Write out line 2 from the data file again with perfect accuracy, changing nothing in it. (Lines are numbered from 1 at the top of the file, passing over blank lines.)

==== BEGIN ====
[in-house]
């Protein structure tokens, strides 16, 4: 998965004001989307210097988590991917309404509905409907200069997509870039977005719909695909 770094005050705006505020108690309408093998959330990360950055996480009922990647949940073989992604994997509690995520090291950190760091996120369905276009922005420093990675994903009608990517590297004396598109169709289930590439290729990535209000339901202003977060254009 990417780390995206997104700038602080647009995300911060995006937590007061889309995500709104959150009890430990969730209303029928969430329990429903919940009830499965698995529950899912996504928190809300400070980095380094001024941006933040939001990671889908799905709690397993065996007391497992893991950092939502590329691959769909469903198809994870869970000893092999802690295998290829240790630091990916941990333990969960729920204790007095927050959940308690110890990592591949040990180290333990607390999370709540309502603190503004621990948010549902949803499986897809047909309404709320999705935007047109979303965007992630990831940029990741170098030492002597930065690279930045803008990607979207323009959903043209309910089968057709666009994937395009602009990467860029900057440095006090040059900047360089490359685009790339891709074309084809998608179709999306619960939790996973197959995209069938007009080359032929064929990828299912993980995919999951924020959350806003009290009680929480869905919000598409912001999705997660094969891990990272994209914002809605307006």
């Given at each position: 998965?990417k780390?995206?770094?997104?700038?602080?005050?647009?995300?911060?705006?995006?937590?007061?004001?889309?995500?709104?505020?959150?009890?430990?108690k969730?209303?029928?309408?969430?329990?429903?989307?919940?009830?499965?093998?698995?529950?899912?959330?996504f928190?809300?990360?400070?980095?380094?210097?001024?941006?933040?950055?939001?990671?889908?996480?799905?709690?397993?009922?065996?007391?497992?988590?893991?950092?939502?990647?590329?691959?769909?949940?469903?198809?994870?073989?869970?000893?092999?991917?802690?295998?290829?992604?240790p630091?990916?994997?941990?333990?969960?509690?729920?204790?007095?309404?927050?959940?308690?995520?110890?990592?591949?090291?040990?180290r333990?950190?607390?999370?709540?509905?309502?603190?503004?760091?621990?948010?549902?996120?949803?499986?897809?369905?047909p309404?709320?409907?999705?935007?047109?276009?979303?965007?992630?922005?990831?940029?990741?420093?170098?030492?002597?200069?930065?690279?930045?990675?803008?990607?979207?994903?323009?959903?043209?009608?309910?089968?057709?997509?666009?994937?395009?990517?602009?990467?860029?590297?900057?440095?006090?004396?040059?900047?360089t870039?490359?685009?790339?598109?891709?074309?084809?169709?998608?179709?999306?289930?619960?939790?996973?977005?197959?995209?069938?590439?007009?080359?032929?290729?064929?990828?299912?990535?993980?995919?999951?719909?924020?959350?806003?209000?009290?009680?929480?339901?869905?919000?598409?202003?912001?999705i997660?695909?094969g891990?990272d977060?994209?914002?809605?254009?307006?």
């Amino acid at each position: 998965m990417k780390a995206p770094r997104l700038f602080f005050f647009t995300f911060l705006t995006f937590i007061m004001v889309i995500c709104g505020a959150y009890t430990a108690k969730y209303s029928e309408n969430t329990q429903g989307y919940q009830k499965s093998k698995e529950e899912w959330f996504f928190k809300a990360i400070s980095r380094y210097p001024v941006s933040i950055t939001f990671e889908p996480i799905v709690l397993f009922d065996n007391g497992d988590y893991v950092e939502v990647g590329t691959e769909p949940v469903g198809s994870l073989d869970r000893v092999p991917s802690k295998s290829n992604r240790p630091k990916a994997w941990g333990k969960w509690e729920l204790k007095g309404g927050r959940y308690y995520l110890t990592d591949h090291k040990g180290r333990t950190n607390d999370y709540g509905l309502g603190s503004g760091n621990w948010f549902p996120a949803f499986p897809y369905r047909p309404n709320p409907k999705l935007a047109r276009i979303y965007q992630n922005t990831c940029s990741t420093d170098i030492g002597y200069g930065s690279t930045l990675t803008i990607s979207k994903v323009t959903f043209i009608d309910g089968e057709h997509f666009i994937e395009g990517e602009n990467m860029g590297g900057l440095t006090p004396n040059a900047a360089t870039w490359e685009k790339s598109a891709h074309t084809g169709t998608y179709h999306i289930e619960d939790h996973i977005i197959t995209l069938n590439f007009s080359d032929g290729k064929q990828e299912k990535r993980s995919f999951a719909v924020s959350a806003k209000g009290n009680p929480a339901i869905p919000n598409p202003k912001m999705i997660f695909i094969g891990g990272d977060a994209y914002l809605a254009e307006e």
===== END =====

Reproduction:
């Protein structure tokens, strides 16, 4: 998965004001989307210097988590991917309404509905409907200069997509870039977005719909695909 770094005050705006505020108690309408093998959330990360950055996480009922990647949940073989992604994997509690995520090291950190760091996120369905276009922005420093990675994903009608990517590297004396598109169709289930590439290729990535209000339901202003977060254009 990417780390995206997104700038602080647009995300911060995006937590007061889309995500709104959150009890430990969730209303029928969430329990429903919940009830499965698995529950899912996504928190809300400070980095380094001024941006933040939001990671889908799905709690397993065996007391497992893991950092939502590329691959769909469903198809994870869970000893092999802690295998290829240790630091990916941990333990969960729920204790007095927050959940308690110890990592591949040990180290333990607390999370709540309502603190503004621990948010549902949803499986897809047909309404709320999705935007047109979303965007992630990831940029990741170098030492002597930065690279930045803008990607979207323009959903043209309910089968057709666009994937395009602009990467860029900057440095006090040059900047360089490359685009790339891709074309084809998608179709999306619960939790996973197959995209069938007009080359032929064929990828299912993980995919999951924020959350806003009290009680929480869905919000598409912001999705997660094969891990990272994209914002809605307006």